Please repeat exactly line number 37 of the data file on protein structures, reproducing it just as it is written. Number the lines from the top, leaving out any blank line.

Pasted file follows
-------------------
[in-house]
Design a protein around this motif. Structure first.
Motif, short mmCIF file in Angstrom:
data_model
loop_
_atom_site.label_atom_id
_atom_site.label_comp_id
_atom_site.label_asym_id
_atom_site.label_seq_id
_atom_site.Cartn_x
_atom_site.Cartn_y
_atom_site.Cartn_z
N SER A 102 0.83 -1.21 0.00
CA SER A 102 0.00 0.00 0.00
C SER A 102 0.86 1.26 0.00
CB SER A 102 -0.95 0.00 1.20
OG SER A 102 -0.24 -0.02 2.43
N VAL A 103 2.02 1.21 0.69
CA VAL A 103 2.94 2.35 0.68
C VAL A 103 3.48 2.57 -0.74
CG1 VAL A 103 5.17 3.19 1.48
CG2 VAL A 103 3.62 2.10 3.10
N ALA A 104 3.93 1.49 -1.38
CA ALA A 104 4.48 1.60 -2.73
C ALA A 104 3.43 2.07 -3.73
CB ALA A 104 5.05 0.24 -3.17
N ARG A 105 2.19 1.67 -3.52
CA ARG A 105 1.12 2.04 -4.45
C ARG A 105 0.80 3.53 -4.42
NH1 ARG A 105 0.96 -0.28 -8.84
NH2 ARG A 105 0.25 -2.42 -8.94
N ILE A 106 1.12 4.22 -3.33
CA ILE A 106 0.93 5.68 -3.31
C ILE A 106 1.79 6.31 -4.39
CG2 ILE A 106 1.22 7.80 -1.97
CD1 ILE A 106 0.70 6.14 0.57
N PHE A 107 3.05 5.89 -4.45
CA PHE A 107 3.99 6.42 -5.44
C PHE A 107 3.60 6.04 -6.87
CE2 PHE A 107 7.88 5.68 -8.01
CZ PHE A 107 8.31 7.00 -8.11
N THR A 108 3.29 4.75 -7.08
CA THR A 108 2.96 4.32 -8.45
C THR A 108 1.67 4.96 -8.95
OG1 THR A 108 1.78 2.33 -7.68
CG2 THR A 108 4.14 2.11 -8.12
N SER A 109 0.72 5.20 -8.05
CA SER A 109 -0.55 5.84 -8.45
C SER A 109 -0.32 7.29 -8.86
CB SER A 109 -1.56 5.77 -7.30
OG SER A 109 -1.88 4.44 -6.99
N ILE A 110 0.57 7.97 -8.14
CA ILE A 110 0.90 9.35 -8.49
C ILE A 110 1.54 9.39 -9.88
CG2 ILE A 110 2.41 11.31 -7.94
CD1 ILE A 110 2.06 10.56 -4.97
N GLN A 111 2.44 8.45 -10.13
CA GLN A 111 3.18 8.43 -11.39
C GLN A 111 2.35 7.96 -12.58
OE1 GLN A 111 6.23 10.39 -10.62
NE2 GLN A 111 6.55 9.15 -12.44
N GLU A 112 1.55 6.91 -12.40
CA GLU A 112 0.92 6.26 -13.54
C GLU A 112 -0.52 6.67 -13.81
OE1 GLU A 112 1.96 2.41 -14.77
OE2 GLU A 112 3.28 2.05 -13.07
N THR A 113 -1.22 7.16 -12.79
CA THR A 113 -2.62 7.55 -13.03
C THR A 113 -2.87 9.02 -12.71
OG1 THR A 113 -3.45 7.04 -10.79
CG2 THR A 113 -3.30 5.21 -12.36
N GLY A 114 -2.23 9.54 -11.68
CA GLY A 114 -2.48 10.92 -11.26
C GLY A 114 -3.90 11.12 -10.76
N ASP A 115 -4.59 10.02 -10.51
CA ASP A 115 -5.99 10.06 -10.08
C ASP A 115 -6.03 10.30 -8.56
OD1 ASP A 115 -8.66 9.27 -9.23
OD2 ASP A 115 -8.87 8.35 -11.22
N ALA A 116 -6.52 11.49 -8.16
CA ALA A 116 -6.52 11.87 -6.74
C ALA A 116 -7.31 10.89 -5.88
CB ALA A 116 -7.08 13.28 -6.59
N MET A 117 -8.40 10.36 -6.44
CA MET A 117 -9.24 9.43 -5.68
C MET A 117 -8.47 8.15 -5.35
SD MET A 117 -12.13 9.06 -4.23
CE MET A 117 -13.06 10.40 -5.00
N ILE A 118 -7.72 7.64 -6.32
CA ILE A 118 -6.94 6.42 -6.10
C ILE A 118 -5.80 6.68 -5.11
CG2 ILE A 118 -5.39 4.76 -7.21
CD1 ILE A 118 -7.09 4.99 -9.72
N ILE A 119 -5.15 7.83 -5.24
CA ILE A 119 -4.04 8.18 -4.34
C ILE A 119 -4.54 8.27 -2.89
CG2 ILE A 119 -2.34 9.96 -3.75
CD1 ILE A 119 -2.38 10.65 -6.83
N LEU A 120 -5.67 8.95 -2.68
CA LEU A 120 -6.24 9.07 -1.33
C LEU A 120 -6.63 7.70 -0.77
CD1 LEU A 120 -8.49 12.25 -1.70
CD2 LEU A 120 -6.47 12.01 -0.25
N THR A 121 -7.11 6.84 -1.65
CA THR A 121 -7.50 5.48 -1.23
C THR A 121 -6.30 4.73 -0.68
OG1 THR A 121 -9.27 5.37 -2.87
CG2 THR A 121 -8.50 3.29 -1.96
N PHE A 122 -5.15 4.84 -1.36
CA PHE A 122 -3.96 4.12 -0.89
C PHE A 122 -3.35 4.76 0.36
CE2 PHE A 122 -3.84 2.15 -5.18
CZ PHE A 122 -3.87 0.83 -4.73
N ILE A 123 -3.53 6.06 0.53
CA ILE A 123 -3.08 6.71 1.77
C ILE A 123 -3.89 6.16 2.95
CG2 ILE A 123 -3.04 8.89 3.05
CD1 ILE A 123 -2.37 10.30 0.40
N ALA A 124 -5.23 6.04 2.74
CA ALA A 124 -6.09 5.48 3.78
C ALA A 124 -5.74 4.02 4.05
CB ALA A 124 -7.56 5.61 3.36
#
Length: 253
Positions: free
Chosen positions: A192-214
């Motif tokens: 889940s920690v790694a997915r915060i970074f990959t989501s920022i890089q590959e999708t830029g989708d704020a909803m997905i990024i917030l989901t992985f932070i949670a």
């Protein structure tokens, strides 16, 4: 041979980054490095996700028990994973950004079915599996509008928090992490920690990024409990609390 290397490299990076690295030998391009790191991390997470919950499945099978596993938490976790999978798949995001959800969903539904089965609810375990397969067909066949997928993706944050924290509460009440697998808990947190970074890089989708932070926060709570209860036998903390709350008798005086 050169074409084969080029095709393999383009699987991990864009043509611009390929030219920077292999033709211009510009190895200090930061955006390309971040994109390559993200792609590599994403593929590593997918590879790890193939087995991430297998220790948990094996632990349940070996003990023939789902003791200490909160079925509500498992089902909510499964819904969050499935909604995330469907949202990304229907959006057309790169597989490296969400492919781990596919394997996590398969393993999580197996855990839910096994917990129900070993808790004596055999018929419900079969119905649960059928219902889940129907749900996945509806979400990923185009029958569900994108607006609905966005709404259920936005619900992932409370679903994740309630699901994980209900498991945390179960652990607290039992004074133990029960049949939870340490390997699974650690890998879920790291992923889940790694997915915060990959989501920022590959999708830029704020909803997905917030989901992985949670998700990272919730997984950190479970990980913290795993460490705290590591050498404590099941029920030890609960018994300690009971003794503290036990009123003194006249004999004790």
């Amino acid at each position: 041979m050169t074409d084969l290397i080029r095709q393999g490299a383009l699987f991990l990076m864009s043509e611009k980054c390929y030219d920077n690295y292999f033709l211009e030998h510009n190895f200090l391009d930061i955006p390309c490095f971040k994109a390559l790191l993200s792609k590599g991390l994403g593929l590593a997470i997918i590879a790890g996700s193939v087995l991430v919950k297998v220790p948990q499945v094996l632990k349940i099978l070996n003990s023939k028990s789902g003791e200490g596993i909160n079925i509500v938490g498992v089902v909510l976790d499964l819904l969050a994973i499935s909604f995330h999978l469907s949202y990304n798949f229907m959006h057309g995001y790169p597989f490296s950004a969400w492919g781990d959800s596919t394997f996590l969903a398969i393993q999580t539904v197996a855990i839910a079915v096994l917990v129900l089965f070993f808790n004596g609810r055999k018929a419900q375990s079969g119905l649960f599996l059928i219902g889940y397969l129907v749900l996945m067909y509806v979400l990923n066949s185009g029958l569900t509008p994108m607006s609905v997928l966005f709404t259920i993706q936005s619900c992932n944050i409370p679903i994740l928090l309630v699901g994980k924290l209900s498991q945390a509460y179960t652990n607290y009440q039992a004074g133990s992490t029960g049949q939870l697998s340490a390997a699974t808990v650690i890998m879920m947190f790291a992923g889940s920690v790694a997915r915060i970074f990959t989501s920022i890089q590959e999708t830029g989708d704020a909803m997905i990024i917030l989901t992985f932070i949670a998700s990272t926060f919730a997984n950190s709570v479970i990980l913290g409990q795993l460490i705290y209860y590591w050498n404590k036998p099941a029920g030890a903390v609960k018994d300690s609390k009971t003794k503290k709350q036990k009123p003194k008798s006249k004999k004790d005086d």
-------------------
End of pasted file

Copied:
N PHE A 107 3.05 5.89 -4.45